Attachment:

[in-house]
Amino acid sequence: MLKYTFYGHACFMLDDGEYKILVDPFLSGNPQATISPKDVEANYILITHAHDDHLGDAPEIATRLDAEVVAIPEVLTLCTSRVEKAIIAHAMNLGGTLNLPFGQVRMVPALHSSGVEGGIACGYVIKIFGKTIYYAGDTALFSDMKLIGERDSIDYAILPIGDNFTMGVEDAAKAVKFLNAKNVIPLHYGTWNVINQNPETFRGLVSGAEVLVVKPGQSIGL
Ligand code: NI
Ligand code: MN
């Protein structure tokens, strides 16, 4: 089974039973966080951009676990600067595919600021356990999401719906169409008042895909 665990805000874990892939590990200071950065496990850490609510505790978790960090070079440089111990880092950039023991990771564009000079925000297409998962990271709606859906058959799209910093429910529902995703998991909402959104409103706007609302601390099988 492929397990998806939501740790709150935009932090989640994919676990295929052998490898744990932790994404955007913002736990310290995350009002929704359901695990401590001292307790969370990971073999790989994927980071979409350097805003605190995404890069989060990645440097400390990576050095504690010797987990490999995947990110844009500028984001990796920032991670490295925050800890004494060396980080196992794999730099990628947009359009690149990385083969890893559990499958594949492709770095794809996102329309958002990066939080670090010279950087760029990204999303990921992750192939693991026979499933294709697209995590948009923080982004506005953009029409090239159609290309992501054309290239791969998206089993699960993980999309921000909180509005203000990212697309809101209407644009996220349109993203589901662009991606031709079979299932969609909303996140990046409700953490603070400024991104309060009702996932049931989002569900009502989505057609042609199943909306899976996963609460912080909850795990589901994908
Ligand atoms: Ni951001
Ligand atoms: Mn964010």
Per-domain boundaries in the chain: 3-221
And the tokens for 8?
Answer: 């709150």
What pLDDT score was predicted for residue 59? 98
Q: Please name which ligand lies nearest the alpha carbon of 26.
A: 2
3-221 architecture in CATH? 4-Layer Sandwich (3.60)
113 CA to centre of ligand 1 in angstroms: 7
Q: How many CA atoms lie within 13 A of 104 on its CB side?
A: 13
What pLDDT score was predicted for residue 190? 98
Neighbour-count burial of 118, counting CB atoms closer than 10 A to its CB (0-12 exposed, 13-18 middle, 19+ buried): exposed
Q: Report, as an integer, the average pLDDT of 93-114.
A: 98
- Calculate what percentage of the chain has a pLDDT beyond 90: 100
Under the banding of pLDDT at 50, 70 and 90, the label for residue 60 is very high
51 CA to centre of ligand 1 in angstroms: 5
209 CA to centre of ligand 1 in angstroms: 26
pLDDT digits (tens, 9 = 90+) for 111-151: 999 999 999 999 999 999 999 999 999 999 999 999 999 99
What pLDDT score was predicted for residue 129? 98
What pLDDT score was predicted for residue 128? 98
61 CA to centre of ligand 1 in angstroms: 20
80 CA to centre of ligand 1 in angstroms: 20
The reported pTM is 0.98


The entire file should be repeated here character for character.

[in-house]
Amino acid sequence: MLKYTFYGHACFMLDDGEYKILVDPFLSGNPQATISPKDVEANYILITHAHDDHLGDAPEIATRLDAEVVAIPEVLTLCTSRVEKAIIAHAMNLGGTLNLPFGQVRMVPALHSSGVEGGIACGYVIKIFGKTIYYAGDTALFSDMKLIGERDSIDYAILPIGDNFTMGVEDAAKAVKFLNAKNVIPLHYGTWNVINQNPETFRGLVSGAEVLVVKPGQSIGL
Ligand code: NI
Ligand code: MN
């Protein structure tokens, strides 16, 4: 089974039973966080951009676990600067595919600021356990999401719906169409008042895909 665990805000874990892939590990200071950065496990850490609510505790978790960090070079440089111990880092950039023991990771564009000079925000297409998962990271709606859906058959799209910093429910529902995703998991909402959104409103706007609302601390099988 492929397990998806939501740790709150935009932090989640994919676990295929052998490898744990932790994404955007913002736990310290995350009002929704359901695990401590001292307790969370990971073999790989994927980071979409350097805003605190995404890069989060990645440097400390990576050095504690010797987990490999995947990110844009500028984001990796920032991670490295925050800890004494060396980080196992794999730099990628947009359009690149990385083969890893559990499958594949492709770095794809996102329309958002990066939080670090010279950087760029990204999303990921992750192939693991026979499933294709697209995590948009923080982004506005953009029409090239159609290309992501054309290239791969998206089993699960993980999309921000909180509005203000990212697309809101209407644009996220349109993203589901662009991606031709079979299932969609909303996140990046409700953490603070400024991104309060009702996932049931989002569900009502989505057609042609199943909306899976996963609460912080909850795990589901994908
Ligand atoms: Ni951001
Ligand atoms: Mn964010």
Per-domain boundaries in the chain: 3-221
And the tokens for 8?
Answer: 């709150």
What pLDDT score was predicted for residue 59? 98
Q: Please name which ligand lies nearest the alpha carbon of 26.
A: 2
3-221 architecture in CATH? 4-Layer Sandwich (3.60)
113 CA to centre of ligand 1 in angstroms: 7
Q: How many CA atoms lie within 13 A of 104 on its CB side?
A: 13
What pLDDT score was predicted for residue 190? 98
Neighbour-count burial of 118, counting CB atoms closer than 10 A to its CB (0-12 exposed, 13-18 middle, 19+ buried): exposed
Q: Report, as an integer, the average pLDDT of 93-114.
A: 98
- Calculate what percentage of the chain has a pLDDT beyond 90: 100
Under the banding of pLDDT at 50, 70 and 90, the label for residue 60 is very high
51 CA to centre of ligand 1 in angstroms: 5
209 CA to centre of ligand 1 in angstroms: 26
pLDDT digits (tens, 9 = 90+) for 111-151: 999 999 999 999 999 999 999 999 999 999 999 999 999 99
What pLDDT score was predicted for residue 129? 98
What pLDDT score was predicted for residue 128? 98
61 CA to centre of ligand 1 in angstroms: 20
80 CA to centre of ligand 1 in angstroms: 20
The reported pTM is 0.98